Moody’s: CMBS Loss Severities Drop

Moody’s, New York, reported U.S. commercial mortgage-backed securities had the lowest loss amount last year since 2009, but noted loss severities remained elevated.

Last year, 156 loans were liquidated with a total loss of $1.6 billion, the lowest annual loss amount since 2009, Moody’s said in its 2022 Loss Severities Report. The annual loss severity “remained elevated” at 53.3%, the report said.

“CMBS 2.0 overtook CMBS 1.0 in both liquidation count and loss amount,” Moody’s reported. Last year 110 CMBS 2.0 loans were liquidated with a total loss of $876.6 million and an average loss severity of 43.9%, compared with 46 CMBS 1.0 loans liquidated with a total loss of $737.3 million and an average loss severity of 71.4%.

The retail sector was once again the largest loss contributor last year, but the office sector had the highest loss severity, Moody’s said. The $696.8 million loss from 58 retail loans liquidated in 2022 accounted for 43.2% of last year’s total losses. Among the five major property types, office had the highest annual loss severity at 73.9%, largely attributed to CMBS 1.0 office loans.

Moody’s said term defaults accounted for two-thirds of liquidations, with CMBS 1.0 maturity defaults accounting for more than 80% of the losses.

In a separate report, Moody’s said defeasance volume for collateral underlying CMBS jumped 28% last year to $32.2 billion, more than doubling 2020’s pandemic-era low and approaching the 2007 record high.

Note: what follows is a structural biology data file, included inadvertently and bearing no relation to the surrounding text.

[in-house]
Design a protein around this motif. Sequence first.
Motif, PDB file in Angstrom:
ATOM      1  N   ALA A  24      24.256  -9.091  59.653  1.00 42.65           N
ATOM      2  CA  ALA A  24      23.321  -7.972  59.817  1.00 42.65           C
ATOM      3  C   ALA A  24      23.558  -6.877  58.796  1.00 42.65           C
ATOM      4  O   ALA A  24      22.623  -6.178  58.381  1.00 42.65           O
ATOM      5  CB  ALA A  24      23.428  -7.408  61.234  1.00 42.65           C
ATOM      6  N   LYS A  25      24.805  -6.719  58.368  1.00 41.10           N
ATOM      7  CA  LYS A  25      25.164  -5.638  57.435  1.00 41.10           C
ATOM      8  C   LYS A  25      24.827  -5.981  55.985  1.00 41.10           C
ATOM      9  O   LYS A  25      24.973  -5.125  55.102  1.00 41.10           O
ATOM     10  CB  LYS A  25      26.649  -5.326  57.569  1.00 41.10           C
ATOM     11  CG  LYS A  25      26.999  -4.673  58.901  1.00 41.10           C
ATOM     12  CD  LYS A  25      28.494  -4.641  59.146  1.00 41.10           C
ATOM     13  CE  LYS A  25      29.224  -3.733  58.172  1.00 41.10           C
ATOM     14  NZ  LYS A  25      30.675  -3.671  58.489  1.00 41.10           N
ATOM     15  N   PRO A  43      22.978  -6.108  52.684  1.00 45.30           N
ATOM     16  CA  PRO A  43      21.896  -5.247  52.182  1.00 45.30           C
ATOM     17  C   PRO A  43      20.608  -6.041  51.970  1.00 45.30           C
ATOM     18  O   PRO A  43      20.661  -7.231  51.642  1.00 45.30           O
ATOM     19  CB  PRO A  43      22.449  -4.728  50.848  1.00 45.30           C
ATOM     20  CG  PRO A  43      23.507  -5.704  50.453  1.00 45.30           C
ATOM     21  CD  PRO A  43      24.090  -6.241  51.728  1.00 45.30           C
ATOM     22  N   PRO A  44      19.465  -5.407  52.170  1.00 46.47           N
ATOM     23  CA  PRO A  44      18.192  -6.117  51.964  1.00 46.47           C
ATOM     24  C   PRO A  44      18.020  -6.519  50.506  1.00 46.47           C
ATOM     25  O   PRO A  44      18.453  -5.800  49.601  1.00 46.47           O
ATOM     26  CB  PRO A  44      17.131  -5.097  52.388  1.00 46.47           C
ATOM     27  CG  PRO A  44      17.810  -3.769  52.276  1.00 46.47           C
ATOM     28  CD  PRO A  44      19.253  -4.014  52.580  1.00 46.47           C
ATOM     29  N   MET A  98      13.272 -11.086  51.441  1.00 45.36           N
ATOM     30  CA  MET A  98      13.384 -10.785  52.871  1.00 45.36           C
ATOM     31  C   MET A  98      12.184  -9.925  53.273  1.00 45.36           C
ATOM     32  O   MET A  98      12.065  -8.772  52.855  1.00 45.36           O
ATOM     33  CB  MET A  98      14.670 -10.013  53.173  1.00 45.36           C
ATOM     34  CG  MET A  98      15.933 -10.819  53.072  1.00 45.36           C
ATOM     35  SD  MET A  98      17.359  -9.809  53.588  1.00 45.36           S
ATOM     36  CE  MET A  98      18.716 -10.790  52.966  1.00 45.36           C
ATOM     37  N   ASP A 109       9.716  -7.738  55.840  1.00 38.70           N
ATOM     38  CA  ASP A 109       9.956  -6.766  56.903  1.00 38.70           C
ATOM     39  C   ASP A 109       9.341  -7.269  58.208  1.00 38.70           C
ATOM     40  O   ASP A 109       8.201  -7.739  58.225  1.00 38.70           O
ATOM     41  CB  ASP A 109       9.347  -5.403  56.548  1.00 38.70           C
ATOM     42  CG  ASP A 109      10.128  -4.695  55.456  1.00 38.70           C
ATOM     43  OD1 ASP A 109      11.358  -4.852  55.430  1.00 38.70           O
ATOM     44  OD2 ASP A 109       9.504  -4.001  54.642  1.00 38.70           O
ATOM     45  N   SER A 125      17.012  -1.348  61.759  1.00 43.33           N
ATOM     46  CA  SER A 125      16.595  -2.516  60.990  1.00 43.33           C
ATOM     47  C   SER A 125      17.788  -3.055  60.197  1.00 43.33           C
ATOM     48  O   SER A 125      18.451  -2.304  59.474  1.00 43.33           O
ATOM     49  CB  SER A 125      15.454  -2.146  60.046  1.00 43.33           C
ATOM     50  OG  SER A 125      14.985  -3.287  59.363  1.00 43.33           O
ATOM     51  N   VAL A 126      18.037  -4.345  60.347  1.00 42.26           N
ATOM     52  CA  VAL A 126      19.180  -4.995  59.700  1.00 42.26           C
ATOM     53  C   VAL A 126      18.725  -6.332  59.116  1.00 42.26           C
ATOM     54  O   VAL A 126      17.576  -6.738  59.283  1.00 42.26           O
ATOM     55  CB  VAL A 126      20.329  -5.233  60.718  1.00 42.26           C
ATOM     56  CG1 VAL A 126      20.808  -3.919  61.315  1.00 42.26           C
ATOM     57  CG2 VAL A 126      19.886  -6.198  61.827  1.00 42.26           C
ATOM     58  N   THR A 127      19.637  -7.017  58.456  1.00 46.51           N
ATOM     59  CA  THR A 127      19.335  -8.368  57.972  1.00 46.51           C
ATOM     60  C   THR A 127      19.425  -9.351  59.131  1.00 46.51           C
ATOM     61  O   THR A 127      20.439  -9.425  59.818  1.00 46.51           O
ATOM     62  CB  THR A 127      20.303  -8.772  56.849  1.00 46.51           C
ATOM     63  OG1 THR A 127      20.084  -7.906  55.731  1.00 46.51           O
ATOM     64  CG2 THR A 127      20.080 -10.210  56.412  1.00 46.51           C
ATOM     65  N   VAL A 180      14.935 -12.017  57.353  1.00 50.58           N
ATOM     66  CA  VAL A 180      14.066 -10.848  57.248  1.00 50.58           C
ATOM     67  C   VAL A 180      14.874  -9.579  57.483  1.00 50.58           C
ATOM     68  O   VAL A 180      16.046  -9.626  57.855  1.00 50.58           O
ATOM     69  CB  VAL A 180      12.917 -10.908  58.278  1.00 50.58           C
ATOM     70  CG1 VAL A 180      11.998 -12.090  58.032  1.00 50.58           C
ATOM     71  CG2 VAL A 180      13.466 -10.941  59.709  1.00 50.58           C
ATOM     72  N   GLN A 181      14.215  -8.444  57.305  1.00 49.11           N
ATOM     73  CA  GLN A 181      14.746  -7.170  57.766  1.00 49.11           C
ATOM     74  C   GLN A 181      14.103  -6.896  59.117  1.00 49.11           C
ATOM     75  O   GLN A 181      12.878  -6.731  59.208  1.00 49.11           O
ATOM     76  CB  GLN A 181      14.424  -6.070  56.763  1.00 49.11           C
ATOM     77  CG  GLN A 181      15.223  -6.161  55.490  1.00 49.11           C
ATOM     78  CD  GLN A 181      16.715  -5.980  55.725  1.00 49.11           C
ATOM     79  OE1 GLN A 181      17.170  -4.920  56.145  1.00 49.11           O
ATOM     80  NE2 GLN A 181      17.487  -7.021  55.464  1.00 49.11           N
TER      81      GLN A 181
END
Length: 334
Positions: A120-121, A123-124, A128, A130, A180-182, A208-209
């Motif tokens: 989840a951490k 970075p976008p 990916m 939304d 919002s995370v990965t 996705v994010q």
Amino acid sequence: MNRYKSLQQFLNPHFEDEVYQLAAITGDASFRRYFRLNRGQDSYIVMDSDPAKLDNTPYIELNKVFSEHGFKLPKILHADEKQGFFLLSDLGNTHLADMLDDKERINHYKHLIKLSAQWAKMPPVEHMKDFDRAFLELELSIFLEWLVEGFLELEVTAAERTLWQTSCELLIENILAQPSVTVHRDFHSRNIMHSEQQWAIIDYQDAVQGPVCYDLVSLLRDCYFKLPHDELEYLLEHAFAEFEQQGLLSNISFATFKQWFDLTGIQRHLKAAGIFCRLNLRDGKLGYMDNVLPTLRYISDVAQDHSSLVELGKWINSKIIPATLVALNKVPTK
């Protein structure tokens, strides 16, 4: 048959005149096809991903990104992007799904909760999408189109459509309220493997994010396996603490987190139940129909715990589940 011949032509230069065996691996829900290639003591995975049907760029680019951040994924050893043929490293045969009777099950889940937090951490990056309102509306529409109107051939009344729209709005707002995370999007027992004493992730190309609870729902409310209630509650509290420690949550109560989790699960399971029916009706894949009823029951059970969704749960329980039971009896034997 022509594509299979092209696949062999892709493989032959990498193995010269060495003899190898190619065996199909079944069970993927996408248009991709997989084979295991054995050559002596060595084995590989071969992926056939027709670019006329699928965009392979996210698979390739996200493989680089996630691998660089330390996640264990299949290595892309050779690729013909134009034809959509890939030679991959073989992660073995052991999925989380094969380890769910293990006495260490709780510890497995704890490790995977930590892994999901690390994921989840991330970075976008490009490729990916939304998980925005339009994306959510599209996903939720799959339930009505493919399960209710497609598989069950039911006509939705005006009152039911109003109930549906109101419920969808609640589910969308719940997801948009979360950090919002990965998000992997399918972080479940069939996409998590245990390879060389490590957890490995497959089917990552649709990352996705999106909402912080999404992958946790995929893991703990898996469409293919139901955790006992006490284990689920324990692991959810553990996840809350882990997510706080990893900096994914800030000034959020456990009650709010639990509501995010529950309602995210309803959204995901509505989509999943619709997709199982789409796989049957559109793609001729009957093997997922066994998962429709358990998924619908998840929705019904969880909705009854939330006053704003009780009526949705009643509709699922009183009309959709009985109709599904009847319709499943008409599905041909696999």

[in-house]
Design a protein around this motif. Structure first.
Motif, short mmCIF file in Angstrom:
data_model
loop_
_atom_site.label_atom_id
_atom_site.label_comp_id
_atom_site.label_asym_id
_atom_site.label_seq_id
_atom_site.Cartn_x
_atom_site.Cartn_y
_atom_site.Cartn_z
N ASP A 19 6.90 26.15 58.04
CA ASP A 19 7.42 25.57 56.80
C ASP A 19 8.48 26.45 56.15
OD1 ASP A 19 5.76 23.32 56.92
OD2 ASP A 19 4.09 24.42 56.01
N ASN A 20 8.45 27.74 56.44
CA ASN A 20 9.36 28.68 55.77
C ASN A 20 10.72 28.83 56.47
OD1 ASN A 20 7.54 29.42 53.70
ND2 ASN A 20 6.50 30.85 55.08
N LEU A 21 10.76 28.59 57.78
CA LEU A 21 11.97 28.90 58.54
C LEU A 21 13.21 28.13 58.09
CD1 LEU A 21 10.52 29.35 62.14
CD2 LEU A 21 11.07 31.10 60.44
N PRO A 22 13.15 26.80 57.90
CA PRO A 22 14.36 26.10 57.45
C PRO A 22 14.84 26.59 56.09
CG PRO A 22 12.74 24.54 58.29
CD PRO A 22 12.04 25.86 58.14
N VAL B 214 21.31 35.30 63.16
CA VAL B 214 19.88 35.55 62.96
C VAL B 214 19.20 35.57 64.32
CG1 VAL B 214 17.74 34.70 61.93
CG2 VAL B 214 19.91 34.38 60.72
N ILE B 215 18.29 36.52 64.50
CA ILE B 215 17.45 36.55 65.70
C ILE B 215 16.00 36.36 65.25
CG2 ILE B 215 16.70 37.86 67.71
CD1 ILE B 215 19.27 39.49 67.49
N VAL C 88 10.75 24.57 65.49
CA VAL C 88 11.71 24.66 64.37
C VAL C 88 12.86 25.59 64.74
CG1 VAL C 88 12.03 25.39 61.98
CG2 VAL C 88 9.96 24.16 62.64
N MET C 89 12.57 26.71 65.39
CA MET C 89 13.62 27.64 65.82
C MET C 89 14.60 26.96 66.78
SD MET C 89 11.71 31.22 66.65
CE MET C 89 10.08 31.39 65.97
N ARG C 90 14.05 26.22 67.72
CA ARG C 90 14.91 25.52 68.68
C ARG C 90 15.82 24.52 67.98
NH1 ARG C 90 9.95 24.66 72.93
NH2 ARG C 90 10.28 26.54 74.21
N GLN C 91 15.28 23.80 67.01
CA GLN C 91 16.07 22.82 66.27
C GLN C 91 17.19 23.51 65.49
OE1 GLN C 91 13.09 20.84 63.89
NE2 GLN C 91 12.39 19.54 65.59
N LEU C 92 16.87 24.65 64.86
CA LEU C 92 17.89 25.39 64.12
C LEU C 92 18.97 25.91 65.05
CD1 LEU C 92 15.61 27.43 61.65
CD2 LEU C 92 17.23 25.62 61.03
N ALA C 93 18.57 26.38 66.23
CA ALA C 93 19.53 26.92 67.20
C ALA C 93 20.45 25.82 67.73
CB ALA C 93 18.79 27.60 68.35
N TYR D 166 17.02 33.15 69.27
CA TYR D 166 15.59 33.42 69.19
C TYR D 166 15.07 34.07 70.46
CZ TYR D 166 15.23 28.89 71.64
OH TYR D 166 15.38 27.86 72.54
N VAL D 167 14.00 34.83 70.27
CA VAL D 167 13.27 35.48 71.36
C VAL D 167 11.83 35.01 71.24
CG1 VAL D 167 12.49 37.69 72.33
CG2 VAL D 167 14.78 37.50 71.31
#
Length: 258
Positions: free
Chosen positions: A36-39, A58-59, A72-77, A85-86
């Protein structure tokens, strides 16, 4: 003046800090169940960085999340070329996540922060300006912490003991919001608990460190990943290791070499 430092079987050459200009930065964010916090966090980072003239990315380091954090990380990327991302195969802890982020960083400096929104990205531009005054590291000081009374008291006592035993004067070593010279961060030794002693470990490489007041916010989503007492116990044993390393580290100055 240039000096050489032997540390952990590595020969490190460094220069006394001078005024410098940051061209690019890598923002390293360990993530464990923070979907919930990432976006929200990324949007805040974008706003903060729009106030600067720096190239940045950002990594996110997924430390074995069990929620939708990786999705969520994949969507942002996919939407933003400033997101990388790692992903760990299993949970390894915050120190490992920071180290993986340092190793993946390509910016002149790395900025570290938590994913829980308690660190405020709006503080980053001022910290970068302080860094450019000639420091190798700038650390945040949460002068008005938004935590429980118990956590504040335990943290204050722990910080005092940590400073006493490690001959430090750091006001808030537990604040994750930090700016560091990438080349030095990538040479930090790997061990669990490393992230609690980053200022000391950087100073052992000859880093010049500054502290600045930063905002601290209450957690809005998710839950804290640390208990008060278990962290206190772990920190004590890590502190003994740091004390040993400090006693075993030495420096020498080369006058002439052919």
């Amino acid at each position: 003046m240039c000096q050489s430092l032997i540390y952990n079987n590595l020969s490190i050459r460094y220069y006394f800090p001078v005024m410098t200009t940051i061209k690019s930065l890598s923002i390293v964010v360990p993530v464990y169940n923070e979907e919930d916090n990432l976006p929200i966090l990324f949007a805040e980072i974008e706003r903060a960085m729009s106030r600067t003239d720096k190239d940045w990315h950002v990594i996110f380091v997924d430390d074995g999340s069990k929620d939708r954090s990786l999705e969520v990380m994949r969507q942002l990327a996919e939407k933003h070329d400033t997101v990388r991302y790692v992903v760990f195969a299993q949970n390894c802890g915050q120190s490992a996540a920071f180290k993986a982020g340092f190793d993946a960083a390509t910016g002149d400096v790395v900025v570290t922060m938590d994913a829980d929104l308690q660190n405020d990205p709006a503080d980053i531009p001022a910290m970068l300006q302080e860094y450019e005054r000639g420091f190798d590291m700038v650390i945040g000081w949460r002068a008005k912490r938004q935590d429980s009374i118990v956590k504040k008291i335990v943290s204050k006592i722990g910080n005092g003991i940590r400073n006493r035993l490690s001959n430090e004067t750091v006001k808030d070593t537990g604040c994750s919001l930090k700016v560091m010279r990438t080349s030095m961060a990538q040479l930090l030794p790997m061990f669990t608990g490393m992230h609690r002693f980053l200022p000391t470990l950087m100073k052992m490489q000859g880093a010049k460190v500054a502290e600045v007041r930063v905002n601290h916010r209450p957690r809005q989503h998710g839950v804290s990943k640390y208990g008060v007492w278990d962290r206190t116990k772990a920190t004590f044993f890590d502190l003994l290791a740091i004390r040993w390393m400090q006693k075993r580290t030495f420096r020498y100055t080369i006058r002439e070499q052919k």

“Defeasance activity increased in 2022 but slowed throughout the year,” Moody’s 2022 Defeasance report said. “Defeasance volume slowed as rates increased.”

Moody’s said multifamily accounted for most defeasance at 68% of overall volume. “Steady multifamily cash flows and values allow loans to be easily refinanced or sold, which supported $21.8 billion of defeasance in 2022 within CMBS and Freddie Mac transactions,” the report said.

Defeasance volume among non-multifamily property types increased 35% year-over-year to $10.3 billion, Moody’s reported. “A large portion of the 2022 increase came from hotel defeasance, reflecting the sector’s strong rebound from the pandemic,” the report said. The average defeased loan size fell 6% in 2022 to $13.9 million, Moody’s said. Office and retail properties drove that decline with defeased loan sizes decreasing 25% and 40%, respectively.